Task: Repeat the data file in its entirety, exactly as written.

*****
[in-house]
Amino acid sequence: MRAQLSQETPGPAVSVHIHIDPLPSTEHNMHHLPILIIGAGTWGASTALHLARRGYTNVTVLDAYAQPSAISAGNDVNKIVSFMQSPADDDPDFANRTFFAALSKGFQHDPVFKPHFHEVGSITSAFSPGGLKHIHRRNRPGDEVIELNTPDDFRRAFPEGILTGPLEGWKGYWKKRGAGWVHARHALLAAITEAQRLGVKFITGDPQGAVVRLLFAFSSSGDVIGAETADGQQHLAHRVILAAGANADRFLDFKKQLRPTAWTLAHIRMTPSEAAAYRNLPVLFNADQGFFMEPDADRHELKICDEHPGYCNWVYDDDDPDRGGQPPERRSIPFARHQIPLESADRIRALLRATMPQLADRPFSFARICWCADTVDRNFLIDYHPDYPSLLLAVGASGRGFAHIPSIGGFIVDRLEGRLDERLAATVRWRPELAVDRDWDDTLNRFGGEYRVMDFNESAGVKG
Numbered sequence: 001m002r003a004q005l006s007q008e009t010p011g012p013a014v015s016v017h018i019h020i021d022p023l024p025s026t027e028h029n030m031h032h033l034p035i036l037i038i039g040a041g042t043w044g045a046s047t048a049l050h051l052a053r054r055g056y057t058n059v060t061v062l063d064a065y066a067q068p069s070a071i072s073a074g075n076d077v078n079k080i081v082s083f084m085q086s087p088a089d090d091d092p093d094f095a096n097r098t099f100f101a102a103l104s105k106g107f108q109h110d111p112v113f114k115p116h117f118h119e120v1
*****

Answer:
[in-house]
Amino acid sequence: MRAQLSQETPGPAVSVHIHIDPLPSTEHNMHHLPILIIGAGTWGASTALHLARRGYTNVTVLDAYAQPSAISAGNDVNKIVSFMQSPADDDPDFANRTFFAALSKGFQHDPVFKPHFHEVGSITSAFSPGGLKHIHRRNRPGDEVIELNTPDDFRRAFPEGILTGPLEGWKGYWKKRGAGWVHARHALLAAITEAQRLGVKFITGDPQGAVVRLLFAFSSSGDVIGAETADGQQHLAHRVILAAGANADRFLDFKKQLRPTAWTLAHIRMTPSEAAAYRNLPVLFNADQGFFMEPDADRHELKICDEHPGYCNWVYDDDDPDRGGQPPERRSIPFARHQIPLESADRIRALLRATMPQLADRPFSFARICWCADTVDRNFLIDYHPDYPSLLLAVGASGRGFAHIPSIGGFIVDRLEGRLDERLAATVRWRPELAVDRDWDDTLNRFGGEYRVMDFNESAGVKG
Numbered sequence: 001m002r003a004q005l006s007q008e009t010p011g012p013a014v015s016v017h018i019h020i021d022p023l024p025s026t027e028h029n030m031h032h033l034p035i036l037i038i039g040a041g042t043w044g045a046s047t048a049l050h051l052a053r054r055g056y057t058n059v060t061v062l063d064a065y066a067q068p069s070a071i072s073a074g075n076d077v078n079k080i081v082s083f084m085q086s087p088a089d090d091d092p093d094f095a096n097r098t099f100f101a102a103l104s105k106g107f108q109h110d111p112v113f114k115p116h117f118h119e120v1